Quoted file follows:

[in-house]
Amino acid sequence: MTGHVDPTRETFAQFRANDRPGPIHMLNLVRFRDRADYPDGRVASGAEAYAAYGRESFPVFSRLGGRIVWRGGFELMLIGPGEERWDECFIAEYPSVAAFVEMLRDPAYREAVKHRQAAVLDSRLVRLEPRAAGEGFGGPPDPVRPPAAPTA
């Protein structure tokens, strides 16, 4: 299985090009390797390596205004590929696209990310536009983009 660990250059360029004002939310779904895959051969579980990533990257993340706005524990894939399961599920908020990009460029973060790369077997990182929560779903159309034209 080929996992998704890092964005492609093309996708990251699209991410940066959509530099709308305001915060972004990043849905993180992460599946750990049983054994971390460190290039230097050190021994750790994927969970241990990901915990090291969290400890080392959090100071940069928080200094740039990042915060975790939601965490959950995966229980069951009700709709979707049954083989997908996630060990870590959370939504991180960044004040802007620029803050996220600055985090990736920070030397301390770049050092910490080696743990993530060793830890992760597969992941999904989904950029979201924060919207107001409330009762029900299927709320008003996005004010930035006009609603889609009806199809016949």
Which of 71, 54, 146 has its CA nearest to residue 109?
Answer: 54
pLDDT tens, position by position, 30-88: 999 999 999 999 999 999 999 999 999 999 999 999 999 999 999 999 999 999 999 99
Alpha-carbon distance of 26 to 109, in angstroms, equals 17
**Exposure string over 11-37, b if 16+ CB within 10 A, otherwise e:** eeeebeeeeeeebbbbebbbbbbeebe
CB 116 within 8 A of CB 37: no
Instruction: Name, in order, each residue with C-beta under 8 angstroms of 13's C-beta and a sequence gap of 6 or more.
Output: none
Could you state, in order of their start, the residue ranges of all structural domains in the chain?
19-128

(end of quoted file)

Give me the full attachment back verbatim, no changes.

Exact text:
[in-house]
Amino acid sequence: MTGHVDPTRETFAQFRANDRPGPIHMLNLVRFRDRADYPDGRVASGAEAYAAYGRESFPVFSRLGGRIVWRGGFELMLIGPGEERWDECFIAEYPSVAAFVEMLRDPAYREAVKHRQAAVLDSRLVRLEPRAAGEGFGGPPDPVRPPAAPTA
């Protein structure tokens, strides 16, 4: 299985090009390797390596205004590929696209990310536009983009 660990250059360029004002939310779904895959051969579980990533990257993340706005524990894939399961599920908020990009460029973060790369077997990182929560779903159309034209 080929996992998704890092964005492609093309996708990251699209991410940066959509530099709308305001915060972004990043849905993180992460599946750990049983054994971390460190290039230097050190021994750790994927969970241990990901915990090291969290400890080392959090100071940069928080200094740039990042915060975790939601965490959950995966229980069951009700709709979707049954083989997908996630060990870590959370939504991180960044004040802007620029803050996220600055985090990736920070030397301390770049050092910490080696743990993530060793830890992760597969992941999904989904950029979201924060919207107001409330009762029900299927709320008003996005004010930035006009609603889609009806199809016949």
Which of 71, 54, 146 has its CA nearest to residue 109?
Answer: 54
pLDDT tens, position by position, 30-88: 999 999 999 999 999 999 999 999 999 999 999 999 999 999 999 999 999 999 999 99
Alpha-carbon distance of 26 to 109, in angstroms, equals 17
**Exposure string over 11-37, b if 16+ CB within 10 A, otherwise e:** eeeebeeeeeeebbbbebbbbbbeebe
CB 116 within 8 A of CB 37: no
Instruction: Name, in order, each residue with C-beta under 8 angstroms of 13's C-beta and a sequence gap of 6 or more.
Output: none
Could you state, in order of their start, the residue ranges of all structural domains in the chain?
19-128